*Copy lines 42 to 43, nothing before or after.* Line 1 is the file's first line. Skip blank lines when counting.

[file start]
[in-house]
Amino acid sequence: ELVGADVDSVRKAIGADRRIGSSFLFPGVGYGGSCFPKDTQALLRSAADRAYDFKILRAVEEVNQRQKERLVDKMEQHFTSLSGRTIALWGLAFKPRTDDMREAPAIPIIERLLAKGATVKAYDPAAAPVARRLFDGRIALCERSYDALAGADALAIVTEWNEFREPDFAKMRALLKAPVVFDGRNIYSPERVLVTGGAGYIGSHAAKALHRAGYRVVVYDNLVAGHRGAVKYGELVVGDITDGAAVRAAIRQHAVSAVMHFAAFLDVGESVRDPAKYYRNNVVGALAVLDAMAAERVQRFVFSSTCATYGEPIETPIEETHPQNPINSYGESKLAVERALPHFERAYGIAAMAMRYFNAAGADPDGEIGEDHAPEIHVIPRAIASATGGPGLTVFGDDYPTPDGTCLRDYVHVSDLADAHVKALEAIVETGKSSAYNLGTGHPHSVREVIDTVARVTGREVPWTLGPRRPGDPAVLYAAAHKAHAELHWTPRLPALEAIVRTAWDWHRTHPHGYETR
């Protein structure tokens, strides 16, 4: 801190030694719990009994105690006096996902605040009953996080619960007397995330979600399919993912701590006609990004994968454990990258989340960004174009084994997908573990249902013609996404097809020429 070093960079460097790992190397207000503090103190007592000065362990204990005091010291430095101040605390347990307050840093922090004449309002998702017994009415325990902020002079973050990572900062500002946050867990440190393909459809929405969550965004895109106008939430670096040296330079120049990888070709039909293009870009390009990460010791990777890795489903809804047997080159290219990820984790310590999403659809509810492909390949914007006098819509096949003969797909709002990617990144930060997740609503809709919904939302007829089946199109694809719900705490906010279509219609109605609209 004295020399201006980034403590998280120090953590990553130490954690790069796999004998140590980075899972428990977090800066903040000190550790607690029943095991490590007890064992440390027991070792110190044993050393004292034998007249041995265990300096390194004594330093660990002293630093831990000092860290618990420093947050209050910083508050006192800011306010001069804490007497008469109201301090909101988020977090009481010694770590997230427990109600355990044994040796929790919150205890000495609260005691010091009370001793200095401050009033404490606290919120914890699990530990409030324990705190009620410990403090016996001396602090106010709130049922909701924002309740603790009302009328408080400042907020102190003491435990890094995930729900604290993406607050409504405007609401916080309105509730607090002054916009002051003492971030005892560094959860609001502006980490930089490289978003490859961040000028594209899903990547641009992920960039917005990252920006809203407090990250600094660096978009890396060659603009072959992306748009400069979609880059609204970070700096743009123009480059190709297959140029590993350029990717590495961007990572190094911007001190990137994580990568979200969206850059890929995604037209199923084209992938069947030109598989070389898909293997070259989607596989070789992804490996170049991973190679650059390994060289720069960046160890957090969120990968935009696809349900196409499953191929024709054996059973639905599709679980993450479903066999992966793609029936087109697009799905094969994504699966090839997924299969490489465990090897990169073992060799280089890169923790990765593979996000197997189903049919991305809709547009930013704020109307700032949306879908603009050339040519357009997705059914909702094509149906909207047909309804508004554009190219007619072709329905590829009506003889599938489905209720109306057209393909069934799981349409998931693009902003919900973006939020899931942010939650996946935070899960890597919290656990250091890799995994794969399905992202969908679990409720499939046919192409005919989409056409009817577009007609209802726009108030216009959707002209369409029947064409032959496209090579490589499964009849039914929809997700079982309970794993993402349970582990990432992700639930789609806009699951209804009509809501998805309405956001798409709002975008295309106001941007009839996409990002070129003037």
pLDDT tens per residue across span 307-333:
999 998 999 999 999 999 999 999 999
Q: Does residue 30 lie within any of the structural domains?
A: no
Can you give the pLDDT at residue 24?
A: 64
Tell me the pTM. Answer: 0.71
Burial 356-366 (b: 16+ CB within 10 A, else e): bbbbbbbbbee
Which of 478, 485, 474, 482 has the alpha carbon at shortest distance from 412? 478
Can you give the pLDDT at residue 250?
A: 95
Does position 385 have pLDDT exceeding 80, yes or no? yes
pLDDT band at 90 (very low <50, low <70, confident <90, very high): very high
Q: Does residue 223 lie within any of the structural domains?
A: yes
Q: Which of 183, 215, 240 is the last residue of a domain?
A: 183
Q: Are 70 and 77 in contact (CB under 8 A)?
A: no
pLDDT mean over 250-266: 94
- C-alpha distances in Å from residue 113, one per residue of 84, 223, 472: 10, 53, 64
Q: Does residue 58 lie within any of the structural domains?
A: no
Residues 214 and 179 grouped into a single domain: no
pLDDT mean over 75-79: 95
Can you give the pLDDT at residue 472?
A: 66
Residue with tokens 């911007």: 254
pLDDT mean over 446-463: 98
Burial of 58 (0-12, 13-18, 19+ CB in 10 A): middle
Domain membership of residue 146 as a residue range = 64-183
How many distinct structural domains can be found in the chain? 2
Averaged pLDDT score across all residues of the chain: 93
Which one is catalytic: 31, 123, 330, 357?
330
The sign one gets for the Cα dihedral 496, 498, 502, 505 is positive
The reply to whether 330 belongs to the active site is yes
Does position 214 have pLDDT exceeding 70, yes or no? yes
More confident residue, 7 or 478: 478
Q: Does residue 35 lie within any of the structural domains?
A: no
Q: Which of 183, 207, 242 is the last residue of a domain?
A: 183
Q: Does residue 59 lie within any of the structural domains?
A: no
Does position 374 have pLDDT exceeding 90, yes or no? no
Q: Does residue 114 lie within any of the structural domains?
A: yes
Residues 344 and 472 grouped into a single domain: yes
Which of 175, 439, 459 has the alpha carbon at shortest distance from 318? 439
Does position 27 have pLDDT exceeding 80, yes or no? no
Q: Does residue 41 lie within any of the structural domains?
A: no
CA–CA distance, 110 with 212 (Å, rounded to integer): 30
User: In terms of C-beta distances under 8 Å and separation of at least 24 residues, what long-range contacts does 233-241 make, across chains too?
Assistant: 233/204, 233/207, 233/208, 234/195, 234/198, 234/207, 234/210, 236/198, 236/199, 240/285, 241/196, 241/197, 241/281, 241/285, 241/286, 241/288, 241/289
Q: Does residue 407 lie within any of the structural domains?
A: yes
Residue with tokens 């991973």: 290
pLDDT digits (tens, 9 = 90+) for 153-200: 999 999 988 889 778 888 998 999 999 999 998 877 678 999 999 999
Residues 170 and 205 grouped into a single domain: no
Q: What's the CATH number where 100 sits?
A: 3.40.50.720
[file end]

More confident residue, 7 or 478: 478
Q: Does residue 35 lie within any of the structural domains?